Review Summary: India gets serious about modern Prog
There's a pretty standard and established template for rock bands in India to establish themselves. This path looks something like this:
Step 1: College students are drawn together by their shared interest in loud guitars. They form a band and enter the uber-competitive college music competition circuit.
Step 2: Through constant competition and evolving interests and tastes, line-ups change and solidify, and musical chops improve.
Step 3: The band begins moving from covers to originals and builds a fanbase among other like-minded college students. The band may also begin performing semi-professionally at local venues.
Step 4: Upon graduation, the band may break-up or turn semi-professional; performing paying gigs whenever possible but almost always without any kind of major-label hopes. Some band members may make forays into commercial music
However, Goddess Gagged has bucked this trend by foregoing the college competition circuit. Although the members are college-aged, they've already managed put out an album of originals as well as performing at some of India's biggest music festivals and bagging an invitation for the opening slot on a (sadly, cancelled) Korn concert in Bombay.
Perhaps the most confusing thing about Goddess Gagged is their characterization of themselves as a Post-Hardcore band. They even take their name from a Protest the Hero song and guest vocals of the harsh Hardcore kind make an occasional appearance. But, for the most part, the band comes off as a Prog-leaning Post-Grunge band, like Breaking Benjamin, but more experimental and far less whiny. The only songs which really display the Post-Hardcore allegiance are album book-ends 'Modern Machines' and 'Preliminary Stages of the Master Plan' but even these songs are softened by the vocal melodies.
Lead singer Siddharth Basrur sounds something like a combination of 3 Doors Down frontman Brad Arnold and Fall Out Boy's Patrick Stump, if that makes sense. Tonally, and in some of his vocal inflections, he's closer to the former but with better range and his melodies follow similar lines to both. While Basrur does have a very good voice, he fails to come up with any truly memorable vocals on the album and ends up inadvertently contributing to the songs running together a little too much.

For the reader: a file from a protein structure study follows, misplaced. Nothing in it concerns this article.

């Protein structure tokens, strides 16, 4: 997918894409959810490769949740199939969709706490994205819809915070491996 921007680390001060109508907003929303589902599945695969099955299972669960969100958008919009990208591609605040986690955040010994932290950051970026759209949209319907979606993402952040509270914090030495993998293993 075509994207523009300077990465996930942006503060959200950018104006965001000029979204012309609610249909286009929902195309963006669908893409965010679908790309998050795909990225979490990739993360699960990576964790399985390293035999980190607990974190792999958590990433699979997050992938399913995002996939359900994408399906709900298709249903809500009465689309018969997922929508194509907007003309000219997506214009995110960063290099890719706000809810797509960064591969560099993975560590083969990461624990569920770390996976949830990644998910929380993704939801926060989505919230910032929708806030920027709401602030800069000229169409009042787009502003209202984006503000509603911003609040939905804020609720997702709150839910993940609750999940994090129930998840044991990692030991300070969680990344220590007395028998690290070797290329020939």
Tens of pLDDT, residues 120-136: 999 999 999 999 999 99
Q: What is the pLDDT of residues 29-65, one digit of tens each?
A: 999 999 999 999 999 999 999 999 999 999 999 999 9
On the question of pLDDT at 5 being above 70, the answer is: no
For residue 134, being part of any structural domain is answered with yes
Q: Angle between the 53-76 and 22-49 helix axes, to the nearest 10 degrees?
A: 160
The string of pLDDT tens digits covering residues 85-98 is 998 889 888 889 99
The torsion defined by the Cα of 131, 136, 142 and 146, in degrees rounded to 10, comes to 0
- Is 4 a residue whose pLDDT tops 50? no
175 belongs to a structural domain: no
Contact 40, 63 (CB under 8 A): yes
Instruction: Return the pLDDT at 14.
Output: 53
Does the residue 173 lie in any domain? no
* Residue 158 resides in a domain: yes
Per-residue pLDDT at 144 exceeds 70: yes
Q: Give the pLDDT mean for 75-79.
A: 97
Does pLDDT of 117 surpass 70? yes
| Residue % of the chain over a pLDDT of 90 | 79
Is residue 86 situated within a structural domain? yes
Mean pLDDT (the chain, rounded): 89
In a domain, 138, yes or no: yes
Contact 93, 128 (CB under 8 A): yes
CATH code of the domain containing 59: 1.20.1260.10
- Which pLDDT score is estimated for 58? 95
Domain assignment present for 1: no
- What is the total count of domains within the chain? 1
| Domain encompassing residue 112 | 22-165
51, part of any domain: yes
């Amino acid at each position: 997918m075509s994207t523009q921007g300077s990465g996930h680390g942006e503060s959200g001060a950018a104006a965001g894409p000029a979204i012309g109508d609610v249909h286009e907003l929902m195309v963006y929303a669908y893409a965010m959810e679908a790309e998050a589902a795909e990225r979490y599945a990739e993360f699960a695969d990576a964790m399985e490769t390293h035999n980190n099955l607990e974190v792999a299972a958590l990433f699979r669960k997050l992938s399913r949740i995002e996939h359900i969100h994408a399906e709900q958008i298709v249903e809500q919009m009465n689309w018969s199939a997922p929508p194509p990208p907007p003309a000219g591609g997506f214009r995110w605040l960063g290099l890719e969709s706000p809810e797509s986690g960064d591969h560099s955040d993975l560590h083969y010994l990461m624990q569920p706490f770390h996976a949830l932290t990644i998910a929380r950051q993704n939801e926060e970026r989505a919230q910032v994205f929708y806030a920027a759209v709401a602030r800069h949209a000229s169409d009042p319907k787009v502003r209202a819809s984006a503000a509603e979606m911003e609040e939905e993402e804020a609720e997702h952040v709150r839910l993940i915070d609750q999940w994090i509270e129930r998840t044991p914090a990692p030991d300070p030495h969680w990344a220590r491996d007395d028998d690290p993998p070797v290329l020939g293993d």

Most of the hooks on the album are provided by guitarists Devesh Dayal (who also serves as a touring guitarist for Indian breakouts, Skyharbor) and Arman Menzies. While there are no guitar solos per se, there are catchy lead guitar lines galore, some very memorable riffs, punctuated by Meshuggah-by-way-of-Cloudkicker djent breakdowns and Porcupine Tree-meets-Karnivool atmospheric interludes. The rhythm section of Jeremy D'Souza (drums) and Krishna Jhaveri (bass) is tight, powerful and technically proficient without ever cluttering up the music. An example of this can be seen on 'Sink or Swim' where the drums and bass play off the guitars beautifully.
Because of the guitars carrying the bulk of the melodic load, the album's standout tracks are the ones with the most memorable guitar lines providing the melodic themes of the songs. In particular, 'Sink or Swim's lead guitar has an exotic feel and is almost instantly hummable, while 'Dreamer' segues from a pretty sweet opening riff/lick to ethereal middle section before cleverly reprising the intro for an outro.
The level of production on the album is quite stunning for what seems to be a DIY production job. The production is crystal clear with vocals, guitars and drums all kicking, hitting and cutting exactly the way they should. Only the bass gets lost a little bit in the mix, which is a shame, because there are some pretty interesting basslines on display.
Overall, the album showcases an immensely promising young band but also shows that it has room to grow, primarily in the vocal hooks department.
Sing or Swim